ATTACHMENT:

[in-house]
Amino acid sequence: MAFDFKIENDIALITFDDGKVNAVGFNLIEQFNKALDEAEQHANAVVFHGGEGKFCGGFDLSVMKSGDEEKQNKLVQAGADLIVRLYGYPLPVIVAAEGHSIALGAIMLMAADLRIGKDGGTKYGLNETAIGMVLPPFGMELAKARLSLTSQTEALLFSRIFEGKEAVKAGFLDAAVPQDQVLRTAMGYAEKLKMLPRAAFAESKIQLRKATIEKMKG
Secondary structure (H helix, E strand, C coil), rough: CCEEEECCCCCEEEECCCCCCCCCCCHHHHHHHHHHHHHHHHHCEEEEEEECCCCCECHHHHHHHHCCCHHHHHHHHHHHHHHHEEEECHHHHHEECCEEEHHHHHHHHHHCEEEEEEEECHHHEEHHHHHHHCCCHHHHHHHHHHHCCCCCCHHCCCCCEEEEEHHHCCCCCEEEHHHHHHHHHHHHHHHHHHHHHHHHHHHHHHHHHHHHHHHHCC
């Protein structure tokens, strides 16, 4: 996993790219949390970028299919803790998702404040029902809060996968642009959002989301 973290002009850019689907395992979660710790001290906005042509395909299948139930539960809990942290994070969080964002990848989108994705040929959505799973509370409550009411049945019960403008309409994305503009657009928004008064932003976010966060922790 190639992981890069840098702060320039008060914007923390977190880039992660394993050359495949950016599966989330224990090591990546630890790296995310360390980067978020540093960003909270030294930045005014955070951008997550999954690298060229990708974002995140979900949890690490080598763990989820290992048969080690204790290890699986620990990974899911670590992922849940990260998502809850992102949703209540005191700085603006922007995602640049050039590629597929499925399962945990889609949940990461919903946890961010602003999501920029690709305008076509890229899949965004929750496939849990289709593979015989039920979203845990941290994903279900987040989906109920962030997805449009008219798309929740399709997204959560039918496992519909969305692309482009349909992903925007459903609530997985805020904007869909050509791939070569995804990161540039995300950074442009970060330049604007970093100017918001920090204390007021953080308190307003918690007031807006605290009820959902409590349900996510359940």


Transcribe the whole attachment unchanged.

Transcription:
[in-house]
Amino acid sequence: MAFDFKIENDIALITFDDGKVNAVGFNLIEQFNKALDEAEQHANAVVFHGGEGKFCGGFDLSVMKSGDEEKQNKLVQAGADLIVRLYGYPLPVIVAAEGHSIALGAIMLMAADLRIGKDGGTKYGLNETAIGMVLPPFGMELAKARLSLTSQTEALLFSRIFEGKEAVKAGFLDAAVPQDQVLRTAMGYAEKLKMLPRAAFAESKIQLRKATIEKMKG
Secondary structure (H helix, E strand, C coil), rough: CCEEEECCCCCEEEECCCCCCCCCCCHHHHHHHHHHHHHHHHHCEEEEEEECCCCCECHHHHHHHHCCCHHHHHHHHHHHHHHHEEEECHHHHHEECCEEEHHHHHHHHHHCEEEEEEEECHHHEEHHHHHHHCCCHHHHHHHHHHHCCCCCCHHCCCCCEEEEEHHHCCCCCEEEHHHHHHHHHHHHHHHHHHHHHHHHHHHHHHHHHHHHHHHHCC
């Protein structure tokens, strides 16, 4: 996993790219949390970028299919803790998702404040029902809060996968642009959002989301 973290002009850019689907395992979660710790001290906005042509395909299948139930539960809990942290994070969080964002990848989108994705040929959505799973509370409550009411049945019960403008309409994305503009657009928004008064932003976010966060922790 190639992981890069840098702060320039008060914007923390977190880039992660394993050359495949950016599966989330224990090591990546630890790296995310360390980067978020540093960003909270030294930045005014955070951008997550999954690298060229990708974002995140979900949890690490080598763990989820290992048969080690204790290890699986620990990974899911670590992922849940990260998502809850992102949703209540005191700085603006922007995602640049050039590629597929499925399962945990889609949940990461919903946890961010602003999501920029690709305008076509890229899949965004929750496939849990289709593979015989039920979203845990941290994903279900987040989906109920962030997805449009008219798309929740399709997204959560039918496992519909969305692309482009349909992903925007459903609530997985805020904007869909050509791939070569995804990161540039995300950074442009970060330049604007970093100017918001920090204390007021953080308190307003918690007031807006605290009820959902409590349900996510359940």